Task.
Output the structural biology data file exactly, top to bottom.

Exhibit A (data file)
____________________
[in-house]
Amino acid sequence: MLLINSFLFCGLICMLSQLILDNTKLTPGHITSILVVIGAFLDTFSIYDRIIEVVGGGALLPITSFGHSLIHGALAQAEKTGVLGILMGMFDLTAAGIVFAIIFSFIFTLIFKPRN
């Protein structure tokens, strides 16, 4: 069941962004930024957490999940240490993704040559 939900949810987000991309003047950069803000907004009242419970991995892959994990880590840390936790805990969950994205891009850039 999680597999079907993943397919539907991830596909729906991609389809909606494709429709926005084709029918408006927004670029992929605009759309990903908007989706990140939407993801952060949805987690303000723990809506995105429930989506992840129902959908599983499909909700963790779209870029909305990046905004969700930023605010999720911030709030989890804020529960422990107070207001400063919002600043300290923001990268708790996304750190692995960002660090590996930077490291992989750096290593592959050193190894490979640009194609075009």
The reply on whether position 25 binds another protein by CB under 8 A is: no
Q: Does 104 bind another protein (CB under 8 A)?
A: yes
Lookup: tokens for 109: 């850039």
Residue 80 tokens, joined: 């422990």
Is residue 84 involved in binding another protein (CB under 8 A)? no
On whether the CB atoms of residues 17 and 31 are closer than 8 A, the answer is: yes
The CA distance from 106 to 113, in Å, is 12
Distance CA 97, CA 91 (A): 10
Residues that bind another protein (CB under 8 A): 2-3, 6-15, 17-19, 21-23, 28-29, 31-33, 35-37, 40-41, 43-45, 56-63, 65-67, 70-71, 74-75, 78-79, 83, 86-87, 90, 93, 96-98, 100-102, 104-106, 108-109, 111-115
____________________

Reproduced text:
[in-house]
Amino acid sequence: MLLINSFLFCGLICMLSQLILDNTKLTPGHITSILVVIGAFLDTFSIYDRIIEVVGGGALLPITSFGHSLIHGALAQAEKTGVLGILMGMFDLTAAGIVFAIIFSFIFTLIFKPRN
């Protein structure tokens, strides 16, 4: 069941962004930024957490999940240490993704040559 939900949810987000991309003047950069803000907004009242419970991995892959994990880590840390936790805990969950994205891009850039 999680597999079907993943397919539907991830596909729906991609389809909606494709429709926005084709029918408006927004670029992929605009759309990903908007989706990140939407993801952060949805987690303000723990809506995105429930989506992840129902959908599983499909909700963790779209870029909305990046905004969700930023605010999720911030709030989890804020529960422990107070207001400063919002600043300290923001990268708790996304750190692995960002660090590996930077490291992989750096290593592959050193190894490979640009194609075009």
The reply on whether position 25 binds another protein by CB under 8 A is: no
Q: Does 104 bind another protein (CB under 8 A)?
A: yes
Lookup: tokens for 109: 């850039």
Residue 80 tokens, joined: 């422990």
Is residue 84 involved in binding another protein (CB under 8 A)? no
On whether the CB atoms of residues 17 and 31 are closer than 8 A, the answer is: yes
The CA distance from 106 to 113, in Å, is 12
Distance CA 97, CA 91 (A): 10
Residues that bind another protein (CB under 8 A): 2-3, 6-15, 17-19, 21-23, 28-29, 31-33, 35-37, 40-41, 43-45, 56-63, 65-67, 70-71, 74-75, 78-79, 83, 86-87, 90, 93, 96-98, 100-102, 104-106, 108-109, 111-115